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Path tracing robot with pattern recognition

Path tracing robot with pattern recognition

Omron highlighted innovative applications in pattern recognition and path tracing at the PPMA Show. Visitors to the show's Robot Feature Area were able to draw their own freeform shapes, present them to the vision system within the cell, and then watch as the delta robot traced the shape. The system accurately followed the path even as the shape was rotated or moved back and forth on a linear slide to demonstrate on-the-fly conveyor synchronisation.

The demo cell featured an Omron delta robot, controlled by a Sysmac NJ controller, and linked to Omron's FH vision system, with a light curtain to ensure user safety. When a drawing of a shape was presented to the cell through the light curtain, the FH vision camera first scanned it to create the data points. Image filtering for increased contrast and background suppression improved the scan for outline detection. From the outline, the vision system split the path by buffers of 128 points each, and generates the output XY data of equally spaced points.

The vision algorithm skips the traditional pre-calculation that would conventionally be used in pattern recognition - a task that has high computational cost. This allows faster calculations to be performed and the cell to operate within a real time control systems context. The XY data is sent to the NJ PLC, which connects these output data points using interpolation to create a smooth curve. The total length of the path is calculated from the number of points and distance between pairs of points, supplied by the FH vision system. With the total distance calculated and the curves smoothed, the trajectory data and velocity profile can be applied, with the velocity data used to calculate the distance from the initial position to the current position.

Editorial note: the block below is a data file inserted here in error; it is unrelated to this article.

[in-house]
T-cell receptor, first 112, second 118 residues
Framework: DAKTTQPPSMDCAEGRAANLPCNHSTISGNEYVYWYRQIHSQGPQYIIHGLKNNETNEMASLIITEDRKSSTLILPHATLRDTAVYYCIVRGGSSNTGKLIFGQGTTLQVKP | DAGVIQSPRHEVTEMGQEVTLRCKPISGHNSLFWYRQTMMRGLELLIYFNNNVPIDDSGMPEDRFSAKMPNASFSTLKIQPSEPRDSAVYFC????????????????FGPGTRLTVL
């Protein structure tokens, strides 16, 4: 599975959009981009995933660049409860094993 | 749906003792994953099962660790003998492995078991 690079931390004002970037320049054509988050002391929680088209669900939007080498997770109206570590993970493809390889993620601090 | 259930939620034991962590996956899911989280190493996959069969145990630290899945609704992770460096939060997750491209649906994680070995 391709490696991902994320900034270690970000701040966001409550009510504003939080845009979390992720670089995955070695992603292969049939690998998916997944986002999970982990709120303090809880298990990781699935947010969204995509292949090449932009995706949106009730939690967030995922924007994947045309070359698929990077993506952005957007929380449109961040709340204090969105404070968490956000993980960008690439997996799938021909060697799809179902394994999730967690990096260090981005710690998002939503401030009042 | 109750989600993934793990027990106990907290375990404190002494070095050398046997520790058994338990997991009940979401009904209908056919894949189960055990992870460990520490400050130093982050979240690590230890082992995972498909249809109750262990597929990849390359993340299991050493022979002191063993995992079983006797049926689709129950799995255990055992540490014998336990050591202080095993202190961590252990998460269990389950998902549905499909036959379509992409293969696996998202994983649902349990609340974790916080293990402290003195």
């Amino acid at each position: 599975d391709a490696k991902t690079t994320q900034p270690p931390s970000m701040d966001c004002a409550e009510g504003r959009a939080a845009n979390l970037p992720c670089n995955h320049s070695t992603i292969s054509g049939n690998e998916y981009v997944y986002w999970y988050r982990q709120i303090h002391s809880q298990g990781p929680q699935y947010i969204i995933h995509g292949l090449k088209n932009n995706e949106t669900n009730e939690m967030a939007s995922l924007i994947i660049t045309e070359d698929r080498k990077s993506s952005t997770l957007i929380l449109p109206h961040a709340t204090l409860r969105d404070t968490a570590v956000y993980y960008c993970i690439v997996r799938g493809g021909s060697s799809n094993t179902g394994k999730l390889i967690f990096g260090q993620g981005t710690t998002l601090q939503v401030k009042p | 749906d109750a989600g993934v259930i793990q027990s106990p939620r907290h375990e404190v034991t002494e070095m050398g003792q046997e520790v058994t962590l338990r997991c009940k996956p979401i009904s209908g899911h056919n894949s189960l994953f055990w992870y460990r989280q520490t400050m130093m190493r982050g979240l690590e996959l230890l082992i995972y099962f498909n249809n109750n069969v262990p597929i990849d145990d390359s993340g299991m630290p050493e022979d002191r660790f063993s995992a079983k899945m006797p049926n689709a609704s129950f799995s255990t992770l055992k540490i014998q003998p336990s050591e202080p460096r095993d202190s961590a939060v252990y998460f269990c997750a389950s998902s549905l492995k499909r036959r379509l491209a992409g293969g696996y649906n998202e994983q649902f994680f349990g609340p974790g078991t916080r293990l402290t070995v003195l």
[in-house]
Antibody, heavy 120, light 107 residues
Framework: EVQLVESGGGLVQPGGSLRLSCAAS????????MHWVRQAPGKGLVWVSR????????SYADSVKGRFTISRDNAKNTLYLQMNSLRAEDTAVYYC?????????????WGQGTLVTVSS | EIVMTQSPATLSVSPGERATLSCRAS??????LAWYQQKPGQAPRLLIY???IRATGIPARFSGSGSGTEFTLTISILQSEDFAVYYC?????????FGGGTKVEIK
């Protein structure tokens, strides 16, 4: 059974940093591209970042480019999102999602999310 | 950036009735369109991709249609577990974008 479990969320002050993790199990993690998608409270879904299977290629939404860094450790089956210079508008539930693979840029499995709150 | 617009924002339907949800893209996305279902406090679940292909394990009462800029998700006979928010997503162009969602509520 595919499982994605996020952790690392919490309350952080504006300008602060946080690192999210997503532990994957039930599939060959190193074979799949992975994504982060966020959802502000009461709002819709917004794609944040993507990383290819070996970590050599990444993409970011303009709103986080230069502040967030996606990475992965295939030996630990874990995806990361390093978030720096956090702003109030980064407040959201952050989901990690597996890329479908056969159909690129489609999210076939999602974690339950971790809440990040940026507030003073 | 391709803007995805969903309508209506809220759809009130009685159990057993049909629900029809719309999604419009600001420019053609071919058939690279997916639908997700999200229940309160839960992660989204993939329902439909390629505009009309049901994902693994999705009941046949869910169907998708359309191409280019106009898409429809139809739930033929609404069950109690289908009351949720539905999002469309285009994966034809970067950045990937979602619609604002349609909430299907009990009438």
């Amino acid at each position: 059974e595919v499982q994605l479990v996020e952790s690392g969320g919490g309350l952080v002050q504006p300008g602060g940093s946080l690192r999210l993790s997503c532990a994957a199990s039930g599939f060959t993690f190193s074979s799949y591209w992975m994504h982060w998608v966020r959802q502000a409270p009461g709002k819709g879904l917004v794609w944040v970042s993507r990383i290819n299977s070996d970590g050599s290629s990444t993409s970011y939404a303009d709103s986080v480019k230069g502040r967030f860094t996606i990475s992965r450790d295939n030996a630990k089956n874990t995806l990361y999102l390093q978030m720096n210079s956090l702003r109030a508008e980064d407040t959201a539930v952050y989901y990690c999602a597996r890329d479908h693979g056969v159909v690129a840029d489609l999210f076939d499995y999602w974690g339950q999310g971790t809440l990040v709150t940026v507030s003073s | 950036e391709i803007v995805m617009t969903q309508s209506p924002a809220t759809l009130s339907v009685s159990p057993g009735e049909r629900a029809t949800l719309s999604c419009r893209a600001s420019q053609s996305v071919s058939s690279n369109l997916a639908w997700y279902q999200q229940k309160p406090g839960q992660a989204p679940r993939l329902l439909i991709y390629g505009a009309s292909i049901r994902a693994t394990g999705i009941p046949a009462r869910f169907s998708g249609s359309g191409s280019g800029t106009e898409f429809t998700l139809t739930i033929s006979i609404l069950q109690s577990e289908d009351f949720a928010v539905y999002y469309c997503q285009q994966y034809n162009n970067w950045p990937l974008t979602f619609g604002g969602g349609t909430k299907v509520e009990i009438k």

A key feature of the system is its ability to synchronise with the speed of a conveyor - simulated in the demo cell using the rotary turntable and linear slide. A third degree polynomial interpolation is recalculated at every CPU tick (1ms) and based on time instead of the maximum speeds and accelerations, which are checked constantly during the path execution.

The demo highlighted a host of applications for path following where it is either not possible or desirable to have the path generated within a CAD system. The ability to draw a closed shape freehand and have it accurately traced saves time and could have important applications in areas such as food production, packaging, healthcare and more, enabling new levels of customisation for short batch runs or even single products, with full flexibility for changes in the design.

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